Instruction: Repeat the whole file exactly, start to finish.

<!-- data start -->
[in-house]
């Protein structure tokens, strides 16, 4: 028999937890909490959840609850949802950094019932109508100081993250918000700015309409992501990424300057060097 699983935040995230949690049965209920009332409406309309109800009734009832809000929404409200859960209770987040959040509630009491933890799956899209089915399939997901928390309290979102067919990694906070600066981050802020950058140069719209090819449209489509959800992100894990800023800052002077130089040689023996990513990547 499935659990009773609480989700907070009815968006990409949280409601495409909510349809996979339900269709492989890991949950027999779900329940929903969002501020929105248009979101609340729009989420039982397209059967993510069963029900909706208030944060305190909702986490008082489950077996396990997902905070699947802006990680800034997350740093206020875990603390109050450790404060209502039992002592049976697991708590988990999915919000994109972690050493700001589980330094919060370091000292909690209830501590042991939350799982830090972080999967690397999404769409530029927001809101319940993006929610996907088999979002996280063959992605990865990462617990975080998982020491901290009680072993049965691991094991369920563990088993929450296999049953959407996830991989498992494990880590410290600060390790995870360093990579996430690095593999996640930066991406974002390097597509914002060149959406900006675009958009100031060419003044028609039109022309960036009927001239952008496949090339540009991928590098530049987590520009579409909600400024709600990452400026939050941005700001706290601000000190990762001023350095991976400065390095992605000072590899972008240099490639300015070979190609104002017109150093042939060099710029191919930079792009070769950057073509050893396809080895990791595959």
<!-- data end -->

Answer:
[in-house]
């Protein structure tokens, strides 16, 4: 028999937890909490959840609850949802950094019932109508100081993250918000700015309409992501990424300057060097 699983935040995230949690049965209920009332409406309309109800009734009832809000929404409200859960209770987040959040509630009491933890799956899209089915399939997901928390309290979102067919990694906070600066981050802020950058140069719209090819449209489509959800992100894990800023800052002077130089040689023996990513990547 499935659990009773609480989700907070009815968006990409949280409601495409909510349809996979339900269709492989890991949950027999779900329940929903969002501020929105248009979101609340729009989420039982397209059967993510069963029900909706208030944060305190909702986490008082489950077996396990997902905070699947802006990680800034997350740093206020875990603390109050450790404060209502039992002592049976697991708590988990999915919000994109972690050493700001589980330094919060370091000292909690209830501590042991939350799982830090972080999967690397999404769409530029927001809101319940993006929610996907088999979002996280063959992605990865990462617990975080998982020491901290009680072993049965691991094991369920563990088993929450296999049953959407996830991989498992494990880590410290600060390790995870360093990579996430690095593999996640930066991406974002390097597509914002060149959406900006675009958009100031060419003044028609039109022309960036009927001239952008496949090339540009991928590098530049987590520009579409909600400024709600990452400026939050941005700001706290601000000190990762001023350095991976400065390095992605000072590899972008240099490639300015070979190609104002017109150093042939060099710029191919930079792009070769950057073509050893396809080895990791595959």